There are 15 sociology programs in Colombia, 6 in private and 9 in public universities. Professional sociology emerged in 1959 paying special attention to rural topics, political issues, social change and the analysis of the state. In the decades that followed, sociological interests expanded to include industrial and urban sociology as well as the sociology of culture. The need to refocus on national problems of violence and social fragmentation led to the quest for new methodologies in the 1970s, including “participatory action research”. In 1969, there was a political crisis that led to the consolidation of the discipline around grand sociological theories.
In the 1990s, the disicipline reemerged with the creation of new sociology programs in the country. In the last fifteen years, the number of active programs has grown from 5 to 15. Most of these are lodged in Colleges of Social Sciences and Humanities, which create possibilities for interdisciplinary exchange. Of these programs 60% are 10 semesters long, while 40% are 8 semesters long, each requiring an average of 155 credits. Almost half of these programs emphasize applied research or social intervention. Professionalization is centered around the idea of transforming society and contributing to the understanding, analysis and solutions of problems in Colombia.
In Colombia, there are at least 22 research centers that include sociology and around 75% of these are attached to public universities. Sociological training focuses on methodology (25%), interdisciplinary courses (25%), sociological topics (18%) and theory (15%). Methodology courses balance quantitative and qualitative approaches and there is an increased interest in taking management and social policy courses. Theory courses are still strongly focused on the works of Marx, Weber and Durkheim who are taught in 9 out of 15 programs.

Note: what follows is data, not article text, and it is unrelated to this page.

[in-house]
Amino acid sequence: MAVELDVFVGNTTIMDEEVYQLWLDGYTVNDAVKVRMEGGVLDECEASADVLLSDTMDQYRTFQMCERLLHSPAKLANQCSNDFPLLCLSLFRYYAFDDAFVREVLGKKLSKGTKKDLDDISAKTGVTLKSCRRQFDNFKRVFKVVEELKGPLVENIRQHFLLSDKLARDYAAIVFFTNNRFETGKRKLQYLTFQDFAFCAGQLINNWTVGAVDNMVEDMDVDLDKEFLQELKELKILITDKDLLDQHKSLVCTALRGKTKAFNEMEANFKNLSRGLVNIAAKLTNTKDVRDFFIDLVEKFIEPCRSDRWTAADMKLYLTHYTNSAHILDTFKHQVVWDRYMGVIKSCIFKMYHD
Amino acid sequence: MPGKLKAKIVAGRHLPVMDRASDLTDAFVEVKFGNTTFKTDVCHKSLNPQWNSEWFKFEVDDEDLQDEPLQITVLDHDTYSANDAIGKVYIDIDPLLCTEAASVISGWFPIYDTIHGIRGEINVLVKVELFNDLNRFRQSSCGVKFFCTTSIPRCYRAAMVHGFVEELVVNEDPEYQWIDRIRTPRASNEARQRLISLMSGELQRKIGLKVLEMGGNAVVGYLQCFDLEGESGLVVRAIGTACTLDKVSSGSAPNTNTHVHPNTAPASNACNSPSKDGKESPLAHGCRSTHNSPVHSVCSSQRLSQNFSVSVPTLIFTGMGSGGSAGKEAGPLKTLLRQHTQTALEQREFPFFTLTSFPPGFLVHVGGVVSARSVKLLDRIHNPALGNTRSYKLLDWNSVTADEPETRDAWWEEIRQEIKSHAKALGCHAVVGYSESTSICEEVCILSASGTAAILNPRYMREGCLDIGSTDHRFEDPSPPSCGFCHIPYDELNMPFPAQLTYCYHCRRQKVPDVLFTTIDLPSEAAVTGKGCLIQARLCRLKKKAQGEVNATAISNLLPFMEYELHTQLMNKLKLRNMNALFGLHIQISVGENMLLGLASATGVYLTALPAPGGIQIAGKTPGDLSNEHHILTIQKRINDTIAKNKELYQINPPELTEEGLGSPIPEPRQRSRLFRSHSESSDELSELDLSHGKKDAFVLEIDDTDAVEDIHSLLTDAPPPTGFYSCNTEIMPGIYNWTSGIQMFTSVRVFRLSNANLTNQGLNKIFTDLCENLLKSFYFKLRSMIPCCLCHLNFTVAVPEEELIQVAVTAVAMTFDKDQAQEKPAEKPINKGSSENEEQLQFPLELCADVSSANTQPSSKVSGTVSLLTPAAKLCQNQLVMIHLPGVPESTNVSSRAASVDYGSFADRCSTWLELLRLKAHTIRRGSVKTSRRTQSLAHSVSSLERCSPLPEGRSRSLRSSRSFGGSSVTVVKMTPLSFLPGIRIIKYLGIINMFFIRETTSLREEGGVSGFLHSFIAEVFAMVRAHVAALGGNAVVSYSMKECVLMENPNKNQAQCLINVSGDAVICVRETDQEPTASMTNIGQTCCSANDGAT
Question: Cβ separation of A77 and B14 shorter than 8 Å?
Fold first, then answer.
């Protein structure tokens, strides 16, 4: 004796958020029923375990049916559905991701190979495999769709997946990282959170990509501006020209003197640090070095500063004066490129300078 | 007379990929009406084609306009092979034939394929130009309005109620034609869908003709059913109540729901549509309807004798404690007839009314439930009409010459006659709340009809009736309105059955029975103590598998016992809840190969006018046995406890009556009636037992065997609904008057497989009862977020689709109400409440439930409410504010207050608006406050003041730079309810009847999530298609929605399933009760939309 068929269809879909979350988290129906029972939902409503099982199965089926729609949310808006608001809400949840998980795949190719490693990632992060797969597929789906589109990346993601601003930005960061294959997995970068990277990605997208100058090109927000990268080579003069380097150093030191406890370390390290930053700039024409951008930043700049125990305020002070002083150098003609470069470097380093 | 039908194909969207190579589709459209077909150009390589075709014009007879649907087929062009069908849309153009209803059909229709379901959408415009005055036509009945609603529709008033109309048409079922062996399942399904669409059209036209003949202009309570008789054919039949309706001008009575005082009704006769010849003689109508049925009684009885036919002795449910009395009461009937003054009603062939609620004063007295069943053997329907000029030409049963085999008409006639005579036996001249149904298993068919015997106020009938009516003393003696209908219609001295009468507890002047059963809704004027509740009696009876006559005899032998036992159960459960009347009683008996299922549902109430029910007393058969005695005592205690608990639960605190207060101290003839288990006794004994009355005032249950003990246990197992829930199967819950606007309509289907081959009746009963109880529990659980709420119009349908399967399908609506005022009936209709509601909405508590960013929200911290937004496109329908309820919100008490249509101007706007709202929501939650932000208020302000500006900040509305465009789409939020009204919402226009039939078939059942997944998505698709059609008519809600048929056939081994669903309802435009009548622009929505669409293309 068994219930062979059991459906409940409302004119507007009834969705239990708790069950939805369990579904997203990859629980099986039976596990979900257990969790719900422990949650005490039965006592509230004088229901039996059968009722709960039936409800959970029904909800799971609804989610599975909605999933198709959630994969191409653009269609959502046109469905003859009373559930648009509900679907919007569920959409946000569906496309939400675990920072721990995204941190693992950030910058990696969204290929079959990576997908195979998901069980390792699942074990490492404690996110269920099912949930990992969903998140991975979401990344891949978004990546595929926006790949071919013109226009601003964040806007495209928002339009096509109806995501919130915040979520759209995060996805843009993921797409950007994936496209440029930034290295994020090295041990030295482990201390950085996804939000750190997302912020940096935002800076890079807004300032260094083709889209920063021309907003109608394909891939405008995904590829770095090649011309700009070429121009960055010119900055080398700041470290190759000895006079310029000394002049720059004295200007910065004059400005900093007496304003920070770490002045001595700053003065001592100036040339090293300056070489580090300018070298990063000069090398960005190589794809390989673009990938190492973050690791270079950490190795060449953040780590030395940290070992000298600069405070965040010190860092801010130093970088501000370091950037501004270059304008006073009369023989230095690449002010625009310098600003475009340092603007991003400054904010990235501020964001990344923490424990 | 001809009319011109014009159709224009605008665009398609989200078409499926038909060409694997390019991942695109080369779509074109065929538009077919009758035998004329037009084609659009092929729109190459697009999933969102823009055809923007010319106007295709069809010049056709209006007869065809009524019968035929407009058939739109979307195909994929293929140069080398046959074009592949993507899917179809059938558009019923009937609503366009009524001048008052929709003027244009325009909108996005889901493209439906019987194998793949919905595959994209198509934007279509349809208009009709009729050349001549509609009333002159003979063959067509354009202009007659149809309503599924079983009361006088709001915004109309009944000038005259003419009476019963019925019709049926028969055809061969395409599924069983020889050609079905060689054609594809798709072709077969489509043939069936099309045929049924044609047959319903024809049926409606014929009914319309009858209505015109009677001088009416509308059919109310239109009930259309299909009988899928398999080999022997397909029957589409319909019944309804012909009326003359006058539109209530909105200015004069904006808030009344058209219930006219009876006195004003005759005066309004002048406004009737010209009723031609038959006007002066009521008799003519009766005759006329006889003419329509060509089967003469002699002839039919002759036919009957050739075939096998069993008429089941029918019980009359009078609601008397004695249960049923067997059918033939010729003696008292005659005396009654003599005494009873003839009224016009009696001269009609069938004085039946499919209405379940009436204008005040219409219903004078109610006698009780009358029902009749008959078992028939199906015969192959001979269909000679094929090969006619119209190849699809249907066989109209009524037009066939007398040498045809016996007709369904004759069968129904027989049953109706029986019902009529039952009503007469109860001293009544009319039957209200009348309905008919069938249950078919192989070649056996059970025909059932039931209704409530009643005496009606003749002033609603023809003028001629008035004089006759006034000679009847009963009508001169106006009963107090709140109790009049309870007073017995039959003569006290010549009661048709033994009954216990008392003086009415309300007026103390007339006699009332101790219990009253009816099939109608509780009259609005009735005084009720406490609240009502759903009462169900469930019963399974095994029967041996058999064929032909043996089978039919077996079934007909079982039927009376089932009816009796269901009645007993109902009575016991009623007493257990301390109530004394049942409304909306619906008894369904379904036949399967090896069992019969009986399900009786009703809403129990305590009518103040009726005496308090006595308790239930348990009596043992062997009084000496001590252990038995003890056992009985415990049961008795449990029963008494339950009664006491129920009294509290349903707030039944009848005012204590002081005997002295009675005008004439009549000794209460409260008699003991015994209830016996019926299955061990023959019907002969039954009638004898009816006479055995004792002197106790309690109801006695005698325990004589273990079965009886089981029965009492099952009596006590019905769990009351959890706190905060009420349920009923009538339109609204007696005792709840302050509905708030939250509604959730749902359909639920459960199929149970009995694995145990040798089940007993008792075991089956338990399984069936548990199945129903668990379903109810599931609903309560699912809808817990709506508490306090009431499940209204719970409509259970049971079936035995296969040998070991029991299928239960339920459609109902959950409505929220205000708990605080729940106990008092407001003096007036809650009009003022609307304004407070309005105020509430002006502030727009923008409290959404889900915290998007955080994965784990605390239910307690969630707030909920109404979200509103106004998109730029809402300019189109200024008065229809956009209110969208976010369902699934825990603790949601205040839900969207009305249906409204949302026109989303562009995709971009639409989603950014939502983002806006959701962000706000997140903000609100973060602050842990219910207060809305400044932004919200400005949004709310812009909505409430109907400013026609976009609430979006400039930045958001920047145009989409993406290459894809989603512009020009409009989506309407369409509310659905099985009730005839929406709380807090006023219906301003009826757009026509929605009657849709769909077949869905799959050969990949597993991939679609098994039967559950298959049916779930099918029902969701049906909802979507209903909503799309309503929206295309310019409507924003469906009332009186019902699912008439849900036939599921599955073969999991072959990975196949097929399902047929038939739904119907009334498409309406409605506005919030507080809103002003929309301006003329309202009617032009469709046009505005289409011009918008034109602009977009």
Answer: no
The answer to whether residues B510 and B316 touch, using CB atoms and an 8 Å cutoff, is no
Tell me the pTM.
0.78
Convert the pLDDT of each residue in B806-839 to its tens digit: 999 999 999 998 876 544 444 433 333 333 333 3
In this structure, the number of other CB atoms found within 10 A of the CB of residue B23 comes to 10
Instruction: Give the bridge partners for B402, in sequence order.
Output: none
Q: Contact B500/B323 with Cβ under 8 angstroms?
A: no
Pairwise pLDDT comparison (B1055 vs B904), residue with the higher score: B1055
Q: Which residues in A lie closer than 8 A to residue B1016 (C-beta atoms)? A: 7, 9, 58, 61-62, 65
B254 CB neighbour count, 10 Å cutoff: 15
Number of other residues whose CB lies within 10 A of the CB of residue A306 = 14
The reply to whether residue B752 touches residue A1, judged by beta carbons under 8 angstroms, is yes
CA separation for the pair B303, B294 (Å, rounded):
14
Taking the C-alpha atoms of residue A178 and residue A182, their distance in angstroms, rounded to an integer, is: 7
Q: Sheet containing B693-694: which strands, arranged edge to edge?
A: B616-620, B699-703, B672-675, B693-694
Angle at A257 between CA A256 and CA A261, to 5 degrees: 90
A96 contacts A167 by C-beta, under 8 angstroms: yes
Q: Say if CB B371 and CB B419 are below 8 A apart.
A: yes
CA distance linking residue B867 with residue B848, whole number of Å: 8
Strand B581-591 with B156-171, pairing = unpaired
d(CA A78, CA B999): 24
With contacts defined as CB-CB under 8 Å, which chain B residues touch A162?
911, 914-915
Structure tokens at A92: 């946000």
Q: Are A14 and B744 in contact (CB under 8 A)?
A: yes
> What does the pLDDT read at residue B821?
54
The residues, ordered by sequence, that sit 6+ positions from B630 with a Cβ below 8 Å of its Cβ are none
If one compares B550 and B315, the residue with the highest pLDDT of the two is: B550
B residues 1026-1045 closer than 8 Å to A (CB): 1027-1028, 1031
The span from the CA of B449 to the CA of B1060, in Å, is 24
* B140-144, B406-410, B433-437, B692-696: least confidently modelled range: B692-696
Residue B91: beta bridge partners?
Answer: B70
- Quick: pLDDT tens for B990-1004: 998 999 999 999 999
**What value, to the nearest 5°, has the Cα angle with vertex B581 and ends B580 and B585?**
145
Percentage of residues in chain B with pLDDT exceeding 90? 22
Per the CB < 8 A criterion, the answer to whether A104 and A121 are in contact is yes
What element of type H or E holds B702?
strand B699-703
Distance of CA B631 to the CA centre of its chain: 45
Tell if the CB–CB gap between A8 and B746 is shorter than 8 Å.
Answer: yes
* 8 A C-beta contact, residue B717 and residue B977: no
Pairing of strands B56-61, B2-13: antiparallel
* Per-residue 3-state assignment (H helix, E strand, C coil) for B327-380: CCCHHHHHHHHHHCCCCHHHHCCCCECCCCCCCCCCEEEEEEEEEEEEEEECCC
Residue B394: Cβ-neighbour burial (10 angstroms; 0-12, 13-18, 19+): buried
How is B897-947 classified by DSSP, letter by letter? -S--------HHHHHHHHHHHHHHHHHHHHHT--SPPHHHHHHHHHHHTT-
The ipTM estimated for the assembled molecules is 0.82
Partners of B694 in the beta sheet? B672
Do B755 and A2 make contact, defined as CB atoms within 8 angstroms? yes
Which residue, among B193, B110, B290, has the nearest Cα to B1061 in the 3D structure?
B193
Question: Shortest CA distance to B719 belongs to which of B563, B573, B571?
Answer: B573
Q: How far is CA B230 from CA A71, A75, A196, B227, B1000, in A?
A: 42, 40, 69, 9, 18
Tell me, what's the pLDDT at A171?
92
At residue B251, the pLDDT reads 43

This brief comparison shows us that Colombian sociology has had a long trajectory and faces important challenges. There is potential for growth, as illustrated by the increasing interest of several academic organizations to work within a sociological framework. There are also, at least, three areas for improvement: 1) the strenghtening of public debate around key issues for the country: the economy, justice, production of public culture; 2) increasing the attention given to new structured and systemic visions of the world that can capture emerging trends; 3) improving and expanding ways of reaching out into people’s lives. We need to create forms of dialogue that can be read not only by our colleagues, but by legislators and social actors. Sociology is well-equipped to create these connections, maybe due to its universalistic pretensions derived from philosophy or maybe because this is what defines sociology. We have to create intelligible forms of action in collaboration with others. We need sociologists who can think and make these connections, who can intuitively recognize them or invent them in theory and in practice.
Ana Lucía Paz Rueda, Icesi University, Colombia